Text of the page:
As Wis. population ages, first responders see more demand, higher costs –

In Caledonia, the volume of calls for senior care facilities has gone through the roof since 2018, Fire Chief Jeffrey Henningfeld said

Rachel Kubik

The Journal Times

RACINE, Wis. — The Caledonia Fire Department, like nearly all publicly funded fire and rescue operations, is not allowed to refuse service to someone who calls the department. That’s part of why call volume to senior care facilities has gone through the roof since 2018, Fire Chief Jeffrey Henningfeld said at a Dec. 6 Caledonia Village Board meeting.

In 2018, calls to the multibuilding Parkview Senior-Living Community totaled 201. This year, through Dec. 15, it was 451.

“We’re trying to meet the needs of the community, and the needs are increasing,” said Caledonia Fire Chief Jeffrey Henningfeld. (Photo/Caledonia Fire Department)

Older people tend to have an increased need for emergency medical services, especially when they remain independent longer.

“It’s not just Parkview. It’s all of our senior living facilities,” Henningfeld said. “It’s not that we’re complaining about it, it just is that way. We’re trying to meet the needs of the community and the needs are increasing. There’s a myriad of reasons why.”

State’s aging population

The Caledonia Fire Department answered 2,964 calls last year and answered approximately 3,170 calls this year. For the most part, responses to senior living facilities increased.

The Siena Retreat Center campus called for CFD assistance 50 times in 2020 and 82 times in 2021. Frontida’s Willowgreen Home assisted living facility saw its calls climb from 49 in 2020 to 75 in 2021. The Woods of Caledonia retirement community decreased its number of calls from 107 to 80 in those same years.

More calls means more costs for the CFD, and thus more costs to taxpayers, especially when Medicare and Medicaid don’t always pay enough to cover the costs of each individual call.

Henningfeld said he fears the community’s needs may not be met if the department loses staffing, and personnel wants to be able to continue to serve the community at its current staffing numbers.

Regardless of the numbers themselves, Wisconsin’s population is aging fast, and the numbers of medical professionals in the state is not growing at the same rate.

According to a report from the Wisconsin Hospitals Association: “From 2017 to 2032, the U.S. population under age 18 is projected to grow by only 3.5%, while the population aged 65 and over is projected to grow by 48%, and the population aged 75 and older is projected to grow by a staggering 75.3%.”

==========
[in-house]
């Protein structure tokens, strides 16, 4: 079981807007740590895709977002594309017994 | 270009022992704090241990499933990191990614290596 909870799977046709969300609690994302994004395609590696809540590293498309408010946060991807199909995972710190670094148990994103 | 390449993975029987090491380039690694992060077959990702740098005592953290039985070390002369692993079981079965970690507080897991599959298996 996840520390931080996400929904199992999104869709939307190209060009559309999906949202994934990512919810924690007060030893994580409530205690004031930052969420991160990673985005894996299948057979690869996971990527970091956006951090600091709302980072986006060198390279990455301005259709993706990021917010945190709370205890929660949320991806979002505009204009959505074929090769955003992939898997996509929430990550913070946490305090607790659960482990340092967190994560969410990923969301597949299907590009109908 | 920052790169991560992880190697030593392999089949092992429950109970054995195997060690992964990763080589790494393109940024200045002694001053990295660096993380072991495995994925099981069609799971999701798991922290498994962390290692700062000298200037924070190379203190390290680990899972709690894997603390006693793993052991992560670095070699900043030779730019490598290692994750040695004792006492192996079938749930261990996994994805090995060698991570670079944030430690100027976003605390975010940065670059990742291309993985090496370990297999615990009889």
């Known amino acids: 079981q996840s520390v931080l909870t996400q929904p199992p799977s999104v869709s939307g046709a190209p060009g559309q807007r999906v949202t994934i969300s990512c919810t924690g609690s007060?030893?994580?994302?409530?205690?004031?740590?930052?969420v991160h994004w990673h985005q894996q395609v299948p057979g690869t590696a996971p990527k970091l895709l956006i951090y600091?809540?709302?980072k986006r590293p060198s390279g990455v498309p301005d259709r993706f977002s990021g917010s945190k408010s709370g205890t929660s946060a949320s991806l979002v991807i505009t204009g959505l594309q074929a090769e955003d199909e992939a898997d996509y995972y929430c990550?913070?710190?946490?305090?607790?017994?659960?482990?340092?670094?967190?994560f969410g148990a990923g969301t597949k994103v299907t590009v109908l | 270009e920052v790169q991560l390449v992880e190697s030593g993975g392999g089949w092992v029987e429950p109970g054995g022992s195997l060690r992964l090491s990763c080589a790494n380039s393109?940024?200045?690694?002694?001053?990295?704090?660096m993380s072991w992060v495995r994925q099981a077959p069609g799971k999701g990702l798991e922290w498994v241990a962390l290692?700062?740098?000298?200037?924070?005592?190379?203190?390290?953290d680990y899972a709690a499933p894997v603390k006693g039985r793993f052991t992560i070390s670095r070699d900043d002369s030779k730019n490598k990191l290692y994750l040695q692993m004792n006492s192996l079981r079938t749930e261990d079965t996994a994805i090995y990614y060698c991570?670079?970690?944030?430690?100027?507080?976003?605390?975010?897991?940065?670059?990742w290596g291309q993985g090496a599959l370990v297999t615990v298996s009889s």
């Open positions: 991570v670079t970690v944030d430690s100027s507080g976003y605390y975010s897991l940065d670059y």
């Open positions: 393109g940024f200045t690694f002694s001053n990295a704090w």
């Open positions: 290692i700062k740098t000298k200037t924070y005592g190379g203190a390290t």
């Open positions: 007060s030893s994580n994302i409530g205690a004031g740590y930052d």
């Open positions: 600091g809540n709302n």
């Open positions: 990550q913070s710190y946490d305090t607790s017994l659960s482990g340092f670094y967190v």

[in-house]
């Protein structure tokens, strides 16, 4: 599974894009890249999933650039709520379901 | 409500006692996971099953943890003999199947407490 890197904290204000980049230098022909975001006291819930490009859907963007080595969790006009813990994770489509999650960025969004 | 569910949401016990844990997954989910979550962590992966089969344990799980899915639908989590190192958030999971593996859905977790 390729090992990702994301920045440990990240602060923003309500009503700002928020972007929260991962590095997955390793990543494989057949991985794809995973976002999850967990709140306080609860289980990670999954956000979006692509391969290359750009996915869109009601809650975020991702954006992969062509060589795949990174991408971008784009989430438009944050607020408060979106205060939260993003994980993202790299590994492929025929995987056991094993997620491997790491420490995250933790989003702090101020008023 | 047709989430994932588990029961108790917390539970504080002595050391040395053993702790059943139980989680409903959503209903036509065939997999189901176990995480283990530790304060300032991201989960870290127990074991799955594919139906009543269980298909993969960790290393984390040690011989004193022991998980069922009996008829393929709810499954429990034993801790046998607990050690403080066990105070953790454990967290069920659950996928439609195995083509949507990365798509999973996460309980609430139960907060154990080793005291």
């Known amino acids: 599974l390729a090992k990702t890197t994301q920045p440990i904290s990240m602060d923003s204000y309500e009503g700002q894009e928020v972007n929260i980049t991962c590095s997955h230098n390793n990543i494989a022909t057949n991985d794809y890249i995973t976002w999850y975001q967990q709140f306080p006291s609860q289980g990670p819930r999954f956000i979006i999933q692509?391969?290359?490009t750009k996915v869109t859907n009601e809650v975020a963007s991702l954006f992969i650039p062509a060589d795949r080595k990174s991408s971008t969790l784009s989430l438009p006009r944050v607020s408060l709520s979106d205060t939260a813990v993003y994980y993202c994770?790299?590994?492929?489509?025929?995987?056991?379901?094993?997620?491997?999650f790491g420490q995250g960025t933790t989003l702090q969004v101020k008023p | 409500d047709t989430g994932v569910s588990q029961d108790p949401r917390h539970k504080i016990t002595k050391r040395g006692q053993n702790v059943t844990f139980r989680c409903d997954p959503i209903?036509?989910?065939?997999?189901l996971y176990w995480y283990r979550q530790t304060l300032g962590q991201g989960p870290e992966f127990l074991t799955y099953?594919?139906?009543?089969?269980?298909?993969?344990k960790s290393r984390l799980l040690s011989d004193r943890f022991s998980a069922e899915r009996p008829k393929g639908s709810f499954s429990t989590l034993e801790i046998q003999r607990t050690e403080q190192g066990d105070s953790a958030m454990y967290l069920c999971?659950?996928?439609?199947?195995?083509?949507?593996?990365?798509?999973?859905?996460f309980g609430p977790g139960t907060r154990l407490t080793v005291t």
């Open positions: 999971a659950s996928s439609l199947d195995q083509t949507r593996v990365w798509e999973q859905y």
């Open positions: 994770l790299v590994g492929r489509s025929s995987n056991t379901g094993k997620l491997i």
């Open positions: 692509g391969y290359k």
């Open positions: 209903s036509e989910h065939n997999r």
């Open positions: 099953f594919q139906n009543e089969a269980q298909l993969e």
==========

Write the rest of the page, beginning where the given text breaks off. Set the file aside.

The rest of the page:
These trends will likely hold true in Wisconsin. According to state data, as of 2015, more than one-fifth of the populations of all but nine of Wisconsin’s counties were age 60 and older, and no county’s populations was more than two-fifths comprised of those 60 and over. By 2030, projections show that every Wisconsin county’s population is to be at least 20% people who are 60 and older, and 10 counties (all of them in central or northern Wisconsin) are to have 40% of their populations age 60 or older.

Racine, Mount Pleasant and Sturtevant

Cynthia White, division chief of professional standards, health and safety for the Racine Fire Department, said the department hasn’t seen anything in senior living responses as significant as Caledonia, but perhaps some slight increases.

In 2020, calls to Home Harbor were 49 and in 2021 to date, they were 61. Calls to Prospect Heights Community Living decreased from 26 in 2020 to 22 in 2021. Calls to The Villa at Lincoln Park doubled, from 53 to 106 during those same years.

She said the numbers may not entirely reflect seniors’ need for medical attention or EMS, however, because in 2020, most senior living facilities were locked down and didn’t allow visitors, including emergency personnel.

“We weren’t at the facilities at all because they weren’t allowing people there,” White said. “We usually are going into some of their rooms. We didn’t do that. We weren’t going, they weren’t calling. Calls just kind of … everybody disappeared.”

Randy Marvin, co-owner of Prospect Heights along with his wife, Elizabeth, said he and other Prospect staff members don’t call EMS unless someone has a more serious condition.

Residents who need to go to prompt care will be transported via a private ambulance service. If an ambulance company is estimating a long wait time, staff will call another company. Then if no one can come, that’s when EMS is called. Prospect staff also do their own transport.

Marvin said the residential facility can house up to 52 people, but the population is down to 46, which is a bit of a decrease from last year, and could contribute to there being fewer fire department calls.

“Our residents all have their own doctors, their own appointments. We keep them all in good health,” Marvin said. “We don’t have any major dramas where we can’t take care of them ourselves. We’ve been here for 20 years and we know what we’re doing here. We’ve got things down to a science.”